I spent the better part of my sophomore year at UCLA in bumper-to-bumper traffic. In fact, I’d probably say I spent more time in my car than I did in class.
As a commuter student, I was lucky that I had the means to afford a car. But almost as important as being able to afford a car, I could afford a UCLA parking pass.
Many students, commuters or otherwise, aren’t as lucky as me; even if they manage to qualify for a pass and have access to a car and gas, the cost of parking on campus can be prohibitive.
But for a particular group of students, parking isn’t just convenient – it’s essential. Commuter students with disabilities that limit their mobility often need access to disability parking in order to make their way around campus and get to class. Without parking, their access to education is severely restricted.
Despite this need, UCLA Parking Services does not currently have a system in place to help students with disabilities who may run into unexpected financial hardship pay for parking passes, said Lisa Koerbling, the office’s director.
The financial aid packages of students with disabilities do take into account transportation costs if they’re commuting. However, that aid wouldn’t be able to help in a midyear crisis – many students buy their passes on a quarterly basis, rather than annually – or for students who receive some aid to cover tuition and books but still don’t have roughly $800 to spare for a pass.
As such, it’s essential that a fund be established to help these students get access to campus in times of financial crisis or when their financial aid falls short.
Provided they’re able to pay, students in need typically don’t have trouble qualifying for permits.
In terms of access, the Office for Students with Disabilities is more than accommodating in helping mobility-limited commuter students at least qualify for disability parking passes, which allow them to drive from lot to lot in order to make getting around campus possible.
But, simply put, these passes are expensive. For students who live on the Hill and want to park, a quarterly pass is $279. Commuter students have it slightly better, only having to shell out $222 each quarter.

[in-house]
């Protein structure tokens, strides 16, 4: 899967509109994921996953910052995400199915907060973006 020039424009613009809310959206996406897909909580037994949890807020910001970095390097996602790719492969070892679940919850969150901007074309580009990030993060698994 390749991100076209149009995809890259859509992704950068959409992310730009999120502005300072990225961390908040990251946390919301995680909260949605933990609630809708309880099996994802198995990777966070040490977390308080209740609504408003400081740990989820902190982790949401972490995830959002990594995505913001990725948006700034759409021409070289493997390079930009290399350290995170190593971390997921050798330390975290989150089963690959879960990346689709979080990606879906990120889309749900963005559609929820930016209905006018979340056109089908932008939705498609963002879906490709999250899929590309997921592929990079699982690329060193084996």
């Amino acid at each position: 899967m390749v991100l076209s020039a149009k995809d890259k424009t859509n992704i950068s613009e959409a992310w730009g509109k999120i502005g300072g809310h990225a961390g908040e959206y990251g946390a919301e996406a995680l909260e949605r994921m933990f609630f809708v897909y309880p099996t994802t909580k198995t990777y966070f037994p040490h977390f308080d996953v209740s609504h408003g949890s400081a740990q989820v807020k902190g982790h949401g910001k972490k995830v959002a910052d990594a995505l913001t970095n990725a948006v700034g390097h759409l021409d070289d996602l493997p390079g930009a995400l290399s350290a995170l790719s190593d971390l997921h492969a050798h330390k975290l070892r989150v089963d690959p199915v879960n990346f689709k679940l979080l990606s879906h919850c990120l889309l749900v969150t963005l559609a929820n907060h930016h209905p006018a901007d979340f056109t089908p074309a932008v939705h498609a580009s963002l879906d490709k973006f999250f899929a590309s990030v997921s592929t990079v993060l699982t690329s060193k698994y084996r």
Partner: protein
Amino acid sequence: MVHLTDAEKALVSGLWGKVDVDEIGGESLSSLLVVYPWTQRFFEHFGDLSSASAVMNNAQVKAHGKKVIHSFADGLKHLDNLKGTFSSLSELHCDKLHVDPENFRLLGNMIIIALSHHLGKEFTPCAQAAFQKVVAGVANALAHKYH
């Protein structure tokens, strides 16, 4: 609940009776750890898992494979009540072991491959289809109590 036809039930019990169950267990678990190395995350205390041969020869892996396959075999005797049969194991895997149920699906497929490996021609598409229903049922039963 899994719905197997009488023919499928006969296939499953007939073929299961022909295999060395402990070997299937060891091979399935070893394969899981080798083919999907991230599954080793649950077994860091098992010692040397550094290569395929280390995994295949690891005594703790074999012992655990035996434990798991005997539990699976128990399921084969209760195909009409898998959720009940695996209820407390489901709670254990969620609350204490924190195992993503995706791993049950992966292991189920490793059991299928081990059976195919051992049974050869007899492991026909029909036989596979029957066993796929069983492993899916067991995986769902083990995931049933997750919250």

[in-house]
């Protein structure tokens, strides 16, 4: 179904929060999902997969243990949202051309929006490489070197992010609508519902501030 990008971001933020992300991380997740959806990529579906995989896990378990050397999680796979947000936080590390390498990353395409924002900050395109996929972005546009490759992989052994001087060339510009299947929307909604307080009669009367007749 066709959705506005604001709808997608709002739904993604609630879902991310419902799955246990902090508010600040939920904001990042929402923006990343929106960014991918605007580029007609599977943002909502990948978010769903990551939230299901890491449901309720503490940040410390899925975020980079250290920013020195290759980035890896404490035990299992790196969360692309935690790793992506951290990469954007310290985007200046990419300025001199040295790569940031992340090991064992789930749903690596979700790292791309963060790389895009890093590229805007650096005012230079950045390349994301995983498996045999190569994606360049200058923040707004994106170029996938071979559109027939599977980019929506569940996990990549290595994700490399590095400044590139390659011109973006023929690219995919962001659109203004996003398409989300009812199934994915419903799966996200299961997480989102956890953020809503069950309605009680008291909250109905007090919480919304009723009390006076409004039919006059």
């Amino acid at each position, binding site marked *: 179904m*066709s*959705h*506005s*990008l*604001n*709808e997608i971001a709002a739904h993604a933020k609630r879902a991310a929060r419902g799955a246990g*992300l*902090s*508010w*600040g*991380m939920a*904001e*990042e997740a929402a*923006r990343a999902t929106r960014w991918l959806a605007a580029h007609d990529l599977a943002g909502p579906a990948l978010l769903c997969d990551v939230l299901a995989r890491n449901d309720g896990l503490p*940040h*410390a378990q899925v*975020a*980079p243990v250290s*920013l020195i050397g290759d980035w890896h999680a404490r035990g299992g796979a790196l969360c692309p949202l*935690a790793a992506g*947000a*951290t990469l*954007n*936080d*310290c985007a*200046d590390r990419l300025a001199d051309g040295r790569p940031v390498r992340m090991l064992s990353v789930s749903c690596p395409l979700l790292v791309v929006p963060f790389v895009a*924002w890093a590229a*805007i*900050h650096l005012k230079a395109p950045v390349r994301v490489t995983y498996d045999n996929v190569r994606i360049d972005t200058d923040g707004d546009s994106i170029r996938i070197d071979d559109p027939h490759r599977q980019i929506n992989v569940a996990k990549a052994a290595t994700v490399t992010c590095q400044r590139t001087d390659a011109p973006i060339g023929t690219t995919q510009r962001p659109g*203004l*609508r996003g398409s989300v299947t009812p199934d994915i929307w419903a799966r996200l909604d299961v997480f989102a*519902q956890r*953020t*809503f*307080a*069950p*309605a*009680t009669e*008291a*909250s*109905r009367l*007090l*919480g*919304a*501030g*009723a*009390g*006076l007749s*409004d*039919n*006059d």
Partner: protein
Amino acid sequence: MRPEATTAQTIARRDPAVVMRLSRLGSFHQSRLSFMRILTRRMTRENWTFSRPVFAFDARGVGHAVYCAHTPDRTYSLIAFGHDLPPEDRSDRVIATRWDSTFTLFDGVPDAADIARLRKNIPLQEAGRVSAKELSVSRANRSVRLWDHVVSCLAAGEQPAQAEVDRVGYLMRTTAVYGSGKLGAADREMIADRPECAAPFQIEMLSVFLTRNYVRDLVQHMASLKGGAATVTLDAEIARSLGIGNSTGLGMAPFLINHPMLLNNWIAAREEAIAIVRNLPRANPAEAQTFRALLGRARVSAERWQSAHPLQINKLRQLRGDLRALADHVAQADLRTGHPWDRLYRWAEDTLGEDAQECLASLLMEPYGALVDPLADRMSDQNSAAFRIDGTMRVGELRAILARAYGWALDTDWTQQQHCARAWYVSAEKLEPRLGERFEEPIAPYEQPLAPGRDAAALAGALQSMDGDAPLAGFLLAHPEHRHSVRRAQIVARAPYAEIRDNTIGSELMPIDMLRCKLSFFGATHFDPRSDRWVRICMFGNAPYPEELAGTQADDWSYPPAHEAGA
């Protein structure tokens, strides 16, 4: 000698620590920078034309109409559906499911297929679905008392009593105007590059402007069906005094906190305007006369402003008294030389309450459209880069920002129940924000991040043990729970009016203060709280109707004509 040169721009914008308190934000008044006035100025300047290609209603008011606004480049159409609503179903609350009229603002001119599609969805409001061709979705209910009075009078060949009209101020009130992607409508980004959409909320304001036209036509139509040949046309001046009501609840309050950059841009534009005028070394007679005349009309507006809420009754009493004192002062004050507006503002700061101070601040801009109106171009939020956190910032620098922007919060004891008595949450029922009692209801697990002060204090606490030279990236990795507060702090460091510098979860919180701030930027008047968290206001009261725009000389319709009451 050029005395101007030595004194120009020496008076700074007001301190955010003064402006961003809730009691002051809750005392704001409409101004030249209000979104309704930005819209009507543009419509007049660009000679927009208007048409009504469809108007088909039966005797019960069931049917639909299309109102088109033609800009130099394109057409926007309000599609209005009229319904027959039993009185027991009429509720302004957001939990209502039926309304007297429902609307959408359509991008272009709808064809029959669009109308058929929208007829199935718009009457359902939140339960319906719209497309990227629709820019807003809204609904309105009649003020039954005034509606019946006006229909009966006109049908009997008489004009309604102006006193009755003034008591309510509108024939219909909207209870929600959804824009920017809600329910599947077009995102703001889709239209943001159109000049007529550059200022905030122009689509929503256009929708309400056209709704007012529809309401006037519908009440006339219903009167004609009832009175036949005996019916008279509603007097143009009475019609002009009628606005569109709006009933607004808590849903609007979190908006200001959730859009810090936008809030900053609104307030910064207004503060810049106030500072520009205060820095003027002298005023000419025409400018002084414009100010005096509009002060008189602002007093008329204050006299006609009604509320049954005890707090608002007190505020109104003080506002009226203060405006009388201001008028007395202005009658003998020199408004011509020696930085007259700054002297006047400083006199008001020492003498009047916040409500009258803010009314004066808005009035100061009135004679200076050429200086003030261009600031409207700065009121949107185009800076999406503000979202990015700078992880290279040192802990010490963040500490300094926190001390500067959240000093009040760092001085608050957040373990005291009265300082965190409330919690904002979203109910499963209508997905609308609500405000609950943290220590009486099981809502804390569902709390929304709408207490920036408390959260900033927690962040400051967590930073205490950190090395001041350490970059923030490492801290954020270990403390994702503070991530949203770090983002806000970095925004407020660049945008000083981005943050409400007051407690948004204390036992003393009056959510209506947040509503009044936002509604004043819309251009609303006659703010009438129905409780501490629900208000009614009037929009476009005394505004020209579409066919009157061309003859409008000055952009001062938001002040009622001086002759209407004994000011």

The OSD also does have a scholarship in place for generic disabilities-related needs, the Will Rogers Memorial Scholarship. The scholarship could be used to cover up to one quarter’s worth of parking costs, said Ed McCloskey, the office’s director. But the need remains for specific, immediate financial assistance for students with disabilities.
The Americans with Disabilities Act of 1990 makes a fund like this even more pressing, because it “prohibits discrimination on the basis of disability by public accommodations” in institutions that offer “postsecondary education.”
Although not having an emergency fund does not qualify as a violation of the act, not guaranteeing access to buildings where instruction is taking place by virtue of an inability to pay for close enough parking could be.
And if the university won’t, students should still work toward guaranteeing equal access for all through student government.
Next year’s Financial Supports Commissioner Heather Rosen ran on a platform of establishing a general transportation scholarship fund, which she is currently working with Parking Services to implement this year. It would, however, not just be limited to parking, but would include all forms of transportation, including vanpools and public transit passes.
Since the Undergraduate Students Association Council is obligated to represent all students, guaranteeing equal educational access by establishing this type of fund should be a priority. If establishing a general fund is well within reach, there is absolutely no reason why one cannot be made for a student population with a more pressing need.
We have a legal and moral obligation to make sure access to education is fair and equal, and that starts with being able to reach the classroom.